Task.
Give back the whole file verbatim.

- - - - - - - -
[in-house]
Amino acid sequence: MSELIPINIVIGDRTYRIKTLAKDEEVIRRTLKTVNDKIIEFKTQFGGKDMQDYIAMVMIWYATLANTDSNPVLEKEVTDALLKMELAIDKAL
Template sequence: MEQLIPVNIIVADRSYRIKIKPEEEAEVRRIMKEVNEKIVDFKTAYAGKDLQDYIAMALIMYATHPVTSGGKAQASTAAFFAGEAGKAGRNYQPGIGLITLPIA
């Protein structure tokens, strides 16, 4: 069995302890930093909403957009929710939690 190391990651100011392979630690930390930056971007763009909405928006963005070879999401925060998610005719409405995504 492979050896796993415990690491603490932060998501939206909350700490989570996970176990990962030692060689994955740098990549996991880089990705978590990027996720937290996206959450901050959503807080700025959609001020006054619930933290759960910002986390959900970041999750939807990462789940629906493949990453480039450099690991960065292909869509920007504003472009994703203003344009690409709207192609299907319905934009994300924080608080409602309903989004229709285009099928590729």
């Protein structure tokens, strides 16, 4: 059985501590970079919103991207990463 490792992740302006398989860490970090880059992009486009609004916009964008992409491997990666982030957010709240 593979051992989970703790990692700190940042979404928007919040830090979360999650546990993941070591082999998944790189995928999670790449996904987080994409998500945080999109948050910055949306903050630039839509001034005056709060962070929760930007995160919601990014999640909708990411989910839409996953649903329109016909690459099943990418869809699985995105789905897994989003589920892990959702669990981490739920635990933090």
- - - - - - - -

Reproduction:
[in-house]
Amino acid sequence: MSELIPINIVIGDRTYRIKTLAKDEEVIRRTLKTVNDKIIEFKTQFGGKDMQDYIAMVMIWYATLANTDSNPVLEKEVTDALLKMELAIDKAL
Template sequence: MEQLIPVNIIVADRSYRIKIKPEEEAEVRRIMKEVNEKIVDFKTAYAGKDLQDYIAMALIMYATHPVTSGGKAQASTAAFFAGEAGKAGRNYQPGIGLITLPIA
């Protein structure tokens, strides 16, 4: 069995302890930093909403957009929710939690 190391990651100011392979630690930390930056971007763009909405928006963005070879999401925060998610005719409405995504 492979050896796993415990690491603490932060998501939206909350700490989570996970176990990962030692060689994955740098990549996991880089990705978590990027996720937290996206959450901050959503807080700025959609001020006054619930933290759960910002986390959900970041999750939807990462789940629906493949990453480039450099690991960065292909869509920007504003472009994703203003344009690409709207192609299907319905934009994300924080608080409602309903989004229709285009099928590729």
């Protein structure tokens, strides 16, 4: 059985501590970079919103991207990463 490792992740302006398989860490970090880059992009486009609004916009964008992409491997990666982030957010709240 593979051992989970703790990692700190940042979404928007919040830090979360999650546990993941070591082999998944790189995928999670790449996904987080994409998500945080999109948050910055949306903050630039839509001034005056709060962070929760930007995160919601990014999640909708990411989910839409996953649903329109016909690459099943990418869809699985995105789905897994989003589920892990959702669990981490739920635990933090």